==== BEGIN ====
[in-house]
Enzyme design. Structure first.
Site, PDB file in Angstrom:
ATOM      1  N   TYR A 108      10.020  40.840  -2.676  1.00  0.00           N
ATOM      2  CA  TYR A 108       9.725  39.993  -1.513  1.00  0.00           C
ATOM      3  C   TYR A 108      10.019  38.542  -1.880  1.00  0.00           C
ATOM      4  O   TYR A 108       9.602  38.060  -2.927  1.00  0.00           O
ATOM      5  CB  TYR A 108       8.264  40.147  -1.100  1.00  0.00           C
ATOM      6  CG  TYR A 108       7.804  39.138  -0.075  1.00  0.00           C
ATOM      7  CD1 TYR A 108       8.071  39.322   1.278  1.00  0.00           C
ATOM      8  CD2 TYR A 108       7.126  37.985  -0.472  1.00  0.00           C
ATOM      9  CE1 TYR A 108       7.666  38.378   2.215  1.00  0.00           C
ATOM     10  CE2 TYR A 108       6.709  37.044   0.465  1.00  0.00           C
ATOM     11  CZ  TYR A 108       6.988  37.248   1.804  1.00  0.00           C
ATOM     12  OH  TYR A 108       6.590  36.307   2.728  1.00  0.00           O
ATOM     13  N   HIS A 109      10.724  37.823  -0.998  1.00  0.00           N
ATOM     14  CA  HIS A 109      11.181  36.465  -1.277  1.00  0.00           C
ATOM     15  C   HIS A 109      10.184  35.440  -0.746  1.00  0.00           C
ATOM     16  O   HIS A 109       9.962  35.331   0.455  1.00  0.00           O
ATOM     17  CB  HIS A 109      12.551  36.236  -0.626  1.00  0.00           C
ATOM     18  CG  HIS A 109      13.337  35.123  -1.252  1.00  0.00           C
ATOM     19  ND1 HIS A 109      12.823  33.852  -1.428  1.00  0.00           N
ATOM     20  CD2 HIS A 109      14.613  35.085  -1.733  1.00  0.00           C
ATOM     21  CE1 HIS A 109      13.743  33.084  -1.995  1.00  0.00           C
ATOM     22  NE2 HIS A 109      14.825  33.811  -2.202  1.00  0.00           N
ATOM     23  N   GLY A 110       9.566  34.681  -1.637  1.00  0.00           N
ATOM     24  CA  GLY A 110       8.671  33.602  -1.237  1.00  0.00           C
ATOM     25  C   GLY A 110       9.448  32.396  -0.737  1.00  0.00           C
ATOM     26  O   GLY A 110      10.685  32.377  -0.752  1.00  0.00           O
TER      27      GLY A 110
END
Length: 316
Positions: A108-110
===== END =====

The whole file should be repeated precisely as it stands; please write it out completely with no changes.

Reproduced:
[in-house]
Enzyme design. Structure first.
Site, PDB file in Angstrom:
ATOM      1  N   TYR A 108      10.020  40.840  -2.676  1.00  0.00           N
ATOM      2  CA  TYR A 108       9.725  39.993  -1.513  1.00  0.00           C
ATOM      3  C   TYR A 108      10.019  38.542  -1.880  1.00  0.00           C
ATOM      4  O   TYR A 108       9.602  38.060  -2.927  1.00  0.00           O
ATOM      5  CB  TYR A 108       8.264  40.147  -1.100  1.00  0.00           C
ATOM      6  CG  TYR A 108       7.804  39.138  -0.075  1.00  0.00           C
ATOM      7  CD1 TYR A 108       8.071  39.322   1.278  1.00  0.00           C
ATOM      8  CD2 TYR A 108       7.126  37.985  -0.472  1.00  0.00           C
ATOM      9  CE1 TYR A 108       7.666  38.378   2.215  1.00  0.00           C
ATOM     10  CE2 TYR A 108       6.709  37.044   0.465  1.00  0.00           C
ATOM     11  CZ  TYR A 108       6.988  37.248   1.804  1.00  0.00           C
ATOM     12  OH  TYR A 108       6.590  36.307   2.728  1.00  0.00           O
ATOM     13  N   HIS A 109      10.724  37.823  -0.998  1.00  0.00           N
ATOM     14  CA  HIS A 109      11.181  36.465  -1.277  1.00  0.00           C
ATOM     15  C   HIS A 109      10.184  35.440  -0.746  1.00  0.00           C
ATOM     16  O   HIS A 109       9.962  35.331   0.455  1.00  0.00           O
ATOM     17  CB  HIS A 109      12.551  36.236  -0.626  1.00  0.00           C
ATOM     18  CG  HIS A 109      13.337  35.123  -1.252  1.00  0.00           C
ATOM     19  ND1 HIS A 109      12.823  33.852  -1.428  1.00  0.00           N
ATOM     20  CD2 HIS A 109      14.613  35.085  -1.733  1.00  0.00           C
ATOM     21  CE1 HIS A 109      13.743  33.084  -1.995  1.00  0.00           C
ATOM     22  NE2 HIS A 109      14.825  33.811  -2.202  1.00  0.00           N
ATOM     23  N   GLY A 110       9.566  34.681  -1.637  1.00  0.00           N
ATOM     24  CA  GLY A 110       8.671  33.602  -1.237  1.00  0.00           C
ATOM     25  C   GLY A 110       9.448  32.396  -0.737  1.00  0.00           C
ATOM     26  O   GLY A 110      10.685  32.377  -0.752  1.00  0.00           O
TER      27      GLY A 110
END
Length: 316
Positions: A108-110